Compassionate Computing: David Polgar Promotes Humanities-based Technology Development
If you saw a video that appeared to show President Donald Trump announcing the United States had just launched nuclear missiles at North Korea, how would you (or Kim Jong-un) know if it was authentic? When you answer the phone, how do you know you’re not speaking with a bot that can replicate natural human voice pauses and filler words to make the conversation seem “real”? Do you want to “live” forever as a digital avatar?
David Polgar, a tech ethics authority, posed these intriguing and pertinent questions at the March 29 Fridays at Findlay leadership breakfast. Technology, he explained, has become so advanced, that people are not keeping up with the ethical conundrums it is increasingly presenting. His solution is to advocate for more humanity-based consideration pertaining to technology creation and use.
“The tech we’ve created and are creating in the future doesn’t offer clear-cut answers as to what we should do and how it impacts us,” said the founder of All Tech is Human. “My main argument is we need to inject more thoughtfulness into how we create and implement technologies.”
Polgar used the movie “Jurassic Park” as an analogy: just because something can be created doesn’t always mean it should, argued the mathematician in the film. Companies therefore have a responsibility to think critically and ask questions about potential consequences related to products they’re developing, Polgar said. To do this, diversity must be a tech product analysis hallmark. Different groups of people with different ideas and backgrounds will provide the most varied insight, he explained.
“We’re not currently creating a system whereby ideas are challenged in a way that we’re shining a light on the blind spots,” Polgar said. “We need to showcase what could potentially go wrong” alongside tech’s positive purposes, he maintained.
The questions first posed here are based on technology that is already publicly available. Polgar used those examples to help the audience contemplate problem areas. Thanks to video enhancement tools that allow blending of different clips and voiceovers, images that don’t reflect physical reality are already being used to influence and incite. Google Duplex’s “virtual assistant” program makes calls to schedule routine appointments with anyone from a plumber to a therapist. Etermine’s website states it “preserves your most important thoughts, stories, and memories for eternity” by using an algorithm that projects those to others for interactions with the living.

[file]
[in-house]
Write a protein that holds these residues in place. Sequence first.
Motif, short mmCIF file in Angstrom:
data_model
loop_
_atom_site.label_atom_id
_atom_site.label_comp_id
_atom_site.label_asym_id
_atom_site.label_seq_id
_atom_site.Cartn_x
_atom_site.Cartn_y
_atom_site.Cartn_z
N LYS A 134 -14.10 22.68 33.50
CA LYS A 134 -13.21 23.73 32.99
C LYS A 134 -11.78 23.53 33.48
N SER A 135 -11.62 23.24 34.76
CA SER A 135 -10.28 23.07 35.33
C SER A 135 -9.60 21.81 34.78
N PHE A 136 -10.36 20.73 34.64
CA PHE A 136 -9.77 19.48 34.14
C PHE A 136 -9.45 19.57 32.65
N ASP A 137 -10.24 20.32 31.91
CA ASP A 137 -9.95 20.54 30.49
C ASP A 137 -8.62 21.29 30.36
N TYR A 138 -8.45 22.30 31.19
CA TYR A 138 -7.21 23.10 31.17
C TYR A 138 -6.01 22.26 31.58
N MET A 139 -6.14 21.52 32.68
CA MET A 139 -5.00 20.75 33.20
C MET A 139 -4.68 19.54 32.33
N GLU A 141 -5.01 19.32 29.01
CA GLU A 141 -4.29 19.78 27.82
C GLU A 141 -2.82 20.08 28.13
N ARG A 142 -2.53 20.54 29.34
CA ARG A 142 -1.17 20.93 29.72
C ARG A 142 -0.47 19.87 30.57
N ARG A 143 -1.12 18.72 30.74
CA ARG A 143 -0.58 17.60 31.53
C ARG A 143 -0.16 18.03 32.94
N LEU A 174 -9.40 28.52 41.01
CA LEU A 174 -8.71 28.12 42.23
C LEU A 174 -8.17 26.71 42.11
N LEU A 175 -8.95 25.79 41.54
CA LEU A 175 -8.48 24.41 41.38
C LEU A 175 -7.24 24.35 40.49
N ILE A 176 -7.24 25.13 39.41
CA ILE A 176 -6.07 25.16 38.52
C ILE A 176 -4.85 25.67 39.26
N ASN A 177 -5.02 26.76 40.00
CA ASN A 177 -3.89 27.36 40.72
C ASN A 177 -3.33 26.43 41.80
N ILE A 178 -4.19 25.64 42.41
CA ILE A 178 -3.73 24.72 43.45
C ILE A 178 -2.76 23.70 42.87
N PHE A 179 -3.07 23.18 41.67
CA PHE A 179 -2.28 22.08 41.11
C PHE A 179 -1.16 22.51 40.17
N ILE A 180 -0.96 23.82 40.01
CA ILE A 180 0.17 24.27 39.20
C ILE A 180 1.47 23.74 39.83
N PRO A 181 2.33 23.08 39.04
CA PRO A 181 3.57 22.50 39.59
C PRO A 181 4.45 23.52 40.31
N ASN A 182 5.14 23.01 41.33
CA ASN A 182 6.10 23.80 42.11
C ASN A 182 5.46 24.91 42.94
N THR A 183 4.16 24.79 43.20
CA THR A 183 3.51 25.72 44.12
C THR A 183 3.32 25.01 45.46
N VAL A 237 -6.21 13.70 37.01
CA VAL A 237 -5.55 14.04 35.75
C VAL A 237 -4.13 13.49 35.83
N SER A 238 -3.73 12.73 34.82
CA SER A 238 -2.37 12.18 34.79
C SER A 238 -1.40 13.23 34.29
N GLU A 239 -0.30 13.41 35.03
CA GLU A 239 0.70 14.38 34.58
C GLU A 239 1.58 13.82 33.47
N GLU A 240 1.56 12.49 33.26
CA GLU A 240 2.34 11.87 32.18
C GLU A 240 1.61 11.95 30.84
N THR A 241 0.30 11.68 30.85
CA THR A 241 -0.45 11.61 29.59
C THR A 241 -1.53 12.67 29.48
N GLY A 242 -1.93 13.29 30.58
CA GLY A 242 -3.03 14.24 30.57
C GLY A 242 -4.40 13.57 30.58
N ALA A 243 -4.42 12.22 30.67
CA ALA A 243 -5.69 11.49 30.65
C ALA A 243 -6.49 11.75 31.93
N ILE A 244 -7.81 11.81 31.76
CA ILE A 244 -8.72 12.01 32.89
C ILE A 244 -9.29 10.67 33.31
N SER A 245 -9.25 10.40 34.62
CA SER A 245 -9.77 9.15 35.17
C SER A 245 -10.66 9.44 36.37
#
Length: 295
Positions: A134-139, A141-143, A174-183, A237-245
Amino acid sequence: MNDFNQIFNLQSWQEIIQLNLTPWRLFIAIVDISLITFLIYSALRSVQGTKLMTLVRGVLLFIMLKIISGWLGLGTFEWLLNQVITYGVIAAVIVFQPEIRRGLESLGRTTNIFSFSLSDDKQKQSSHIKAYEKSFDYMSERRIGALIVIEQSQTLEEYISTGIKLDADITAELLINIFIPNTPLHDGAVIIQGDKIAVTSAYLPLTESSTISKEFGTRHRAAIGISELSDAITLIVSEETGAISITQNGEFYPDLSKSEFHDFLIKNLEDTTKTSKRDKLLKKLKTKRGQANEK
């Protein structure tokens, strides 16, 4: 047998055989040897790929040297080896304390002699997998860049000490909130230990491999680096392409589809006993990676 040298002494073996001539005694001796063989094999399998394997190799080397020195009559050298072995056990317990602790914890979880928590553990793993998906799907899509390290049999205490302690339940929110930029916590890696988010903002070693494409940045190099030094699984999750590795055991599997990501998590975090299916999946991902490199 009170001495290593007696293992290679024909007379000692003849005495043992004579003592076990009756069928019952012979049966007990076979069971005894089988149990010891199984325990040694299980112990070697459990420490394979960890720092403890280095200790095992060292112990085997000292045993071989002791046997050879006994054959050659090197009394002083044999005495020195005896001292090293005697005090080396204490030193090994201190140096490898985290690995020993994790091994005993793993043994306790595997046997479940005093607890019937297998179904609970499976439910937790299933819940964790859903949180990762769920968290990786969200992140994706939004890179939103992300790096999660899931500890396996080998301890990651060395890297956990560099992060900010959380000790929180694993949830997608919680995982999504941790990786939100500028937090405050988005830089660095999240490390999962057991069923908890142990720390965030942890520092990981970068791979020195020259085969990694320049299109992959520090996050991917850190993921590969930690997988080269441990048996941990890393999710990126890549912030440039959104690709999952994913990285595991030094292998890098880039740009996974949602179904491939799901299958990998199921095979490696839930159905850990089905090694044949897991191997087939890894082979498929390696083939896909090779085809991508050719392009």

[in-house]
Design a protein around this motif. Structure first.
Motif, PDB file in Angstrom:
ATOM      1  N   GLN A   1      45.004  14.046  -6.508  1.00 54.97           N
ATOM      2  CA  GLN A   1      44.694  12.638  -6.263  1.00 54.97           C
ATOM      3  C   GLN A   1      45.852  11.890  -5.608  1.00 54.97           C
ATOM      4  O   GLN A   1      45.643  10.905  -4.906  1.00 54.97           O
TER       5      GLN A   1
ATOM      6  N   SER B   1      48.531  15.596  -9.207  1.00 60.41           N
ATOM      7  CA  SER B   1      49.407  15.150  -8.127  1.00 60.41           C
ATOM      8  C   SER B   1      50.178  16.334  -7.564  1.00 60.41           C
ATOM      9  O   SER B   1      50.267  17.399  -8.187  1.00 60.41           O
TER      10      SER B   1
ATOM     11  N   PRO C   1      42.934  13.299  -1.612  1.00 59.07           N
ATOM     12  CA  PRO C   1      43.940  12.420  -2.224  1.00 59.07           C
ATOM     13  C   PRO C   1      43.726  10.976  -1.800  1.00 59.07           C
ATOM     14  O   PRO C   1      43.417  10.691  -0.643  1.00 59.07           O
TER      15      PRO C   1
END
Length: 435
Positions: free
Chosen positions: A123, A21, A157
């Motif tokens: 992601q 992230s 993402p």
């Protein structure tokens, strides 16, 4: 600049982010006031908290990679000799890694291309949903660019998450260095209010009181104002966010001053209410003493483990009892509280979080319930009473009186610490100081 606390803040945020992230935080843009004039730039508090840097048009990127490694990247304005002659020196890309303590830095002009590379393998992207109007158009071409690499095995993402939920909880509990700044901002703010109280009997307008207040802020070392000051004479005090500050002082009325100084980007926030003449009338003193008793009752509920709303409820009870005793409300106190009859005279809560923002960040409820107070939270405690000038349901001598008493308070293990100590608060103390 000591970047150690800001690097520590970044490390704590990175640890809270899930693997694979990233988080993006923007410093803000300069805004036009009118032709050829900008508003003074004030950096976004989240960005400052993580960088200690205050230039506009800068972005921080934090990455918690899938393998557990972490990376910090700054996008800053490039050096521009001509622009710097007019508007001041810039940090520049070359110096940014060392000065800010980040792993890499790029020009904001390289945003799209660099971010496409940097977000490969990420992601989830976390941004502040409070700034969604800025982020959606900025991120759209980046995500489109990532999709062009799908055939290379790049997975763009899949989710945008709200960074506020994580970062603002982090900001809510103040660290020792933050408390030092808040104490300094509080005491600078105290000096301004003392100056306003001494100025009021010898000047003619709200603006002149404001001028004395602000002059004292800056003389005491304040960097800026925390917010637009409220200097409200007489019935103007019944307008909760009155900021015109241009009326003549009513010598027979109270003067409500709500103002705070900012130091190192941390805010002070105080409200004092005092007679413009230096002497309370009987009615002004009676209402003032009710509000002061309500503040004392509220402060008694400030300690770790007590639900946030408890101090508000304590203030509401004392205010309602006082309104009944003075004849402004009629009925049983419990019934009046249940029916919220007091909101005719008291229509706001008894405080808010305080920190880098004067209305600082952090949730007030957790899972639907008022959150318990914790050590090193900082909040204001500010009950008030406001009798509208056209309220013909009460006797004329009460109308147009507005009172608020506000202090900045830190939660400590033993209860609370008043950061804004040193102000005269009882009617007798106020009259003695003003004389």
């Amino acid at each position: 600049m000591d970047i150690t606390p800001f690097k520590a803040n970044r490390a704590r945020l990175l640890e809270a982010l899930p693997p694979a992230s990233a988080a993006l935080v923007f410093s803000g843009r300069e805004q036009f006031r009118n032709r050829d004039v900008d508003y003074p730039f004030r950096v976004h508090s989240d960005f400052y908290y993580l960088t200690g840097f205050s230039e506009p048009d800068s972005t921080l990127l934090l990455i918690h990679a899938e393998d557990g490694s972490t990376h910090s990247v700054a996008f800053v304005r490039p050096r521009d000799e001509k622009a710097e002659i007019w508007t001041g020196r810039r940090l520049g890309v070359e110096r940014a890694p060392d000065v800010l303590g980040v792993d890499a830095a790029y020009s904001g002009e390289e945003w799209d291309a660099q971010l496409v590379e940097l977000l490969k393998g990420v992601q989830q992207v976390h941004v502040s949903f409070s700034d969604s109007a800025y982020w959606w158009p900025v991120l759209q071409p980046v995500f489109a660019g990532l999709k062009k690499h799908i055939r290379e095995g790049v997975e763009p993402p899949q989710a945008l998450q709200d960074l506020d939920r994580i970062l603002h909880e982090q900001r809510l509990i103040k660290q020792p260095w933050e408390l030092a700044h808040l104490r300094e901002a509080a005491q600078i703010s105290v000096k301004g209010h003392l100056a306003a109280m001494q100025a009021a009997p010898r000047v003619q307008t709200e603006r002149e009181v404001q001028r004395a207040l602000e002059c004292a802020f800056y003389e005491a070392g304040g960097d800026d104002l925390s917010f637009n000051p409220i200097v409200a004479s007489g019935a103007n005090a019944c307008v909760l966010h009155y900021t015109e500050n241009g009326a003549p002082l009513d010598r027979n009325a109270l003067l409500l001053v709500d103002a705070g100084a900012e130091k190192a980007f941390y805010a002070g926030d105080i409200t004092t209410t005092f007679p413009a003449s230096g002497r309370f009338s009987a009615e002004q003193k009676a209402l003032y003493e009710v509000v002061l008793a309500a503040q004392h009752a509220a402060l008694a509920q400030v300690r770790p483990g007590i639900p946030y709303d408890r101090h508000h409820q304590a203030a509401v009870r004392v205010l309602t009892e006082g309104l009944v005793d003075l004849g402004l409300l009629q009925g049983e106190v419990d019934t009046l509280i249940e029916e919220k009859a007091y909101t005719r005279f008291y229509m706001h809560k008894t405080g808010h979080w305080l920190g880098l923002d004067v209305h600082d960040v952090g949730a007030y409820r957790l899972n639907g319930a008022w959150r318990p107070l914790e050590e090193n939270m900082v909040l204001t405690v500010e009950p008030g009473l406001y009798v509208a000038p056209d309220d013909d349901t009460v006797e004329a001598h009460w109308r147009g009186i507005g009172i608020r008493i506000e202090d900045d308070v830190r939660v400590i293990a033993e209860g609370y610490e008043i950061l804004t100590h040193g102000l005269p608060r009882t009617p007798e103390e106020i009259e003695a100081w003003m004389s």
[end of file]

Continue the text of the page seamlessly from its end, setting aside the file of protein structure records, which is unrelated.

Polgar thinks technology that has the potential to start a world war should be evaluated or at least be made obvious, asserts that all of us would want to know up front if we are speaking over the phone with a bot or an actual human, and wonders how eternal life in the digital realm would affect survivors’ grieving and recovery process.
Also, he points out technology that attempts to predict what you’re going to say, type, or buy affects agency, and therefore influences human authenticity, governance, emotion, and uniqueness. Would you have bought that book if Amazon hadn’t suggested it? Were you really going to respond, “have a nice day” at the end of that email?
Polgar claims the outlook is not hopeless, however. “Each one of us plays an essential role and can impact the larger conversation that is happening,” he said. “We as users, as digital citizens, as active citizens in a political process, have the ability to alter how products are made and regulated. We need to start shifting our leadership in how we create and consume. We need to think of ourselves less as a passive consumer and more as an active participant who is cognizant of how our behavior affects other people.”
After his talk, Polgar said tech giants are beginning to understand the importance of human needs when it comes to product development and use, which will, in turn, create jobs for those with liberal arts backgrounds who have been told for years that their expertise is monetarily and philosophically worth less than, say, those with computer science knowledge. Tech companies “are hiring English majors,” Polgar said. Workers with a combination of technology and liberal arts skills will increasingly be valued in the professional world, he added.